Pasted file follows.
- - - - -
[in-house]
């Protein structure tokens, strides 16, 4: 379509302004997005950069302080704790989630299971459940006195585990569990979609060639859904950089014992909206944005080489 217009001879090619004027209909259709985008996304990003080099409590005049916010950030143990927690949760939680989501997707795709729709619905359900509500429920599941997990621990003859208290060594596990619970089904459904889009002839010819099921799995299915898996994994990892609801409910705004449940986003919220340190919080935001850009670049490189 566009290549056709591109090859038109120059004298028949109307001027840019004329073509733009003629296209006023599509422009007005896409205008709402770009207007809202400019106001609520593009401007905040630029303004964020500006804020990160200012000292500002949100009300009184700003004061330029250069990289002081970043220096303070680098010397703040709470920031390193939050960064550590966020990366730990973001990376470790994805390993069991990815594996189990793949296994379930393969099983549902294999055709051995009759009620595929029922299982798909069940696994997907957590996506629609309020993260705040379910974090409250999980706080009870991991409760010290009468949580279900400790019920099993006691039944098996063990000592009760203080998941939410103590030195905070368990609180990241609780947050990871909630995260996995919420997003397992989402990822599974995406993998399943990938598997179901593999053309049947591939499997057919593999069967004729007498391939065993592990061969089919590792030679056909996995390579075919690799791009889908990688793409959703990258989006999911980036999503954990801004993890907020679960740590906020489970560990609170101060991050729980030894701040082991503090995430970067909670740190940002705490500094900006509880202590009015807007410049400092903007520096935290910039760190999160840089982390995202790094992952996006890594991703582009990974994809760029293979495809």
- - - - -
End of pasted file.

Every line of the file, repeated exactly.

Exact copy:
[in-house]
């Protein structure tokens, strides 16, 4: 379509302004997005950069302080704790989630299971459940006195585990569990979609060639859904950089014992909206944005080489 217009001879090619004027209909259709985008996304990003080099409590005049916010950030143990927690949760939680989501997707795709729709619905359900509500429920599941997990621990003859208290060594596990619970089904459904889009002839010819099921799995299915898996994994990892609801409910705004449940986003919220340190919080935001850009670049490189 566009290549056709591109090859038109120059004298028949109307001027840019004329073509733009003629296209006023599509422009007005896409205008709402770009207007809202400019106001609520593009401007905040630029303004964020500006804020990160200012000292500002949100009300009184700003004061330029250069990289002081970043220096303070680098010397703040709470920031390193939050960064550590966020990366730990973001990376470790994805390993069991990815594996189990793949296994379930393969099983549902294999055709051995009759009620595929029922299982798909069940696994997907957590996506629609309020993260705040379910974090409250999980706080009870991991409760010290009468949580279900400790019920099993006691039944098996063990000592009760203080998941939410103590030195905070368990609180990241609780947050990871909630995260996995919420997003397992989402990822599974995406993998399943990938598997179901593999053309049947591939499997057919593999069967004729007498391939065993592990061969089919590792030679056909996995390579075919690799791009889908990688793409959703990258989006999911980036999503954990801004993890907020679960740590906020489970560990609170101060991050729980030894701040082991503090995430970067909670740190940002705490500094900006509880202590009015807007410049400092903007520096935290910039760190999160840089982390995202790094992952996006890594991703582009990974994809760029293979495809």